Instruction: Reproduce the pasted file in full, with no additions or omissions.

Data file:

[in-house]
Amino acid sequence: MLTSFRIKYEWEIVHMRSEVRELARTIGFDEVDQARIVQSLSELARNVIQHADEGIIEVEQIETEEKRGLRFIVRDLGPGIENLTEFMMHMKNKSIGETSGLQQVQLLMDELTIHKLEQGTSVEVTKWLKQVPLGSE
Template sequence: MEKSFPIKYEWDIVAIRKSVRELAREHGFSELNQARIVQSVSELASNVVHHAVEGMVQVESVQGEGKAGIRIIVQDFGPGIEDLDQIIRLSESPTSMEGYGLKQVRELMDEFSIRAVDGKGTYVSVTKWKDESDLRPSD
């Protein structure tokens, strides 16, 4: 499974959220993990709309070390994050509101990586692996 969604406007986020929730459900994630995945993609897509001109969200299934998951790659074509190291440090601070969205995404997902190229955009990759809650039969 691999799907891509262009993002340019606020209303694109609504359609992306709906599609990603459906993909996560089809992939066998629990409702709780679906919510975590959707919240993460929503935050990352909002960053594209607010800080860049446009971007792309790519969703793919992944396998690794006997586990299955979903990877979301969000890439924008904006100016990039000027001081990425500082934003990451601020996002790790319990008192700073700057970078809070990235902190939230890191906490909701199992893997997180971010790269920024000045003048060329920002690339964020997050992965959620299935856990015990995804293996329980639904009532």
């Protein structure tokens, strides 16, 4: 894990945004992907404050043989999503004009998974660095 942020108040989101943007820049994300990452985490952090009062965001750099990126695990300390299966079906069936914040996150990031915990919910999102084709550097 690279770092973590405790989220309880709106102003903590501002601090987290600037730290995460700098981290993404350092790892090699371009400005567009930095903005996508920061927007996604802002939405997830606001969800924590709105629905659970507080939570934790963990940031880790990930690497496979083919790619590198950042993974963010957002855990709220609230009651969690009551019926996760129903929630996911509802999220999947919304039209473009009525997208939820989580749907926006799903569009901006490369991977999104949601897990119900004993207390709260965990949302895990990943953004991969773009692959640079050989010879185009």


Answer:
[in-house]
Amino acid sequence: MLTSFRIKYEWEIVHMRSEVRELARTIGFDEVDQARIVQSLSELARNVIQHADEGIIEVEQIETEEKRGLRFIVRDLGPGIENLTEFMMHMKNKSIGETSGLQQVQLLMDELTIHKLEQGTSVEVTKWLKQVPLGSE
Template sequence: MEKSFPIKYEWDIVAIRKSVRELAREHGFSELNQARIVQSVSELASNVVHHAVEGMVQVESVQGEGKAGIRIIVQDFGPGIEDLDQIIRLSESPTSMEGYGLKQVRELMDEFSIRAVDGKGTYVSVTKWKDESDLRPSD
């Protein structure tokens, strides 16, 4: 499974959220993990709309070390994050509101990586692996 969604406007986020929730459900994630995945993609897509001109969200299934998951790659074509190291440090601070969205995404997902190229955009990759809650039969 691999799907891509262009993002340019606020209303694109609504359609992306709906599609990603459906993909996560089809992939066998629990409702709780679906919510975590959707919240993460929503935050990352909002960053594209607010800080860049446009971007792309790519969703793919992944396998690794006997586990299955979903990877979301969000890439924008904006100016990039000027001081990425500082934003990451601020996002790790319990008192700073700057970078809070990235902190939230890191906490909701199992893997997180971010790269920024000045003048060329920002690339964020997050992965959620299935856990015990995804293996329980639904009532």
């Protein structure tokens, strides 16, 4: 894990945004992907404050043989999503004009998974660095 942020108040989101943007820049994300990452985490952090009062965001750099990126695990300390299966079906069936914040996150990031915990919910999102084709550097 690279770092973590405790989220309880709106102003903590501002601090987290600037730290995460700098981290993404350092790892090699371009400005567009930095903005996508920061927007996604802002939405997830606001969800924590709105629905659970507080939570934790963990940031880790990930690497496979083919790619590198950042993974963010957002855990709220609230009651969690009551019926996760129903929630996911509802999220999947919304039209473009009525997208939820989580749907926006799903569009901006490369991977999104949601897990119900004993207390709260965990949302895990990943953004991969773009692959640079050989010879185009």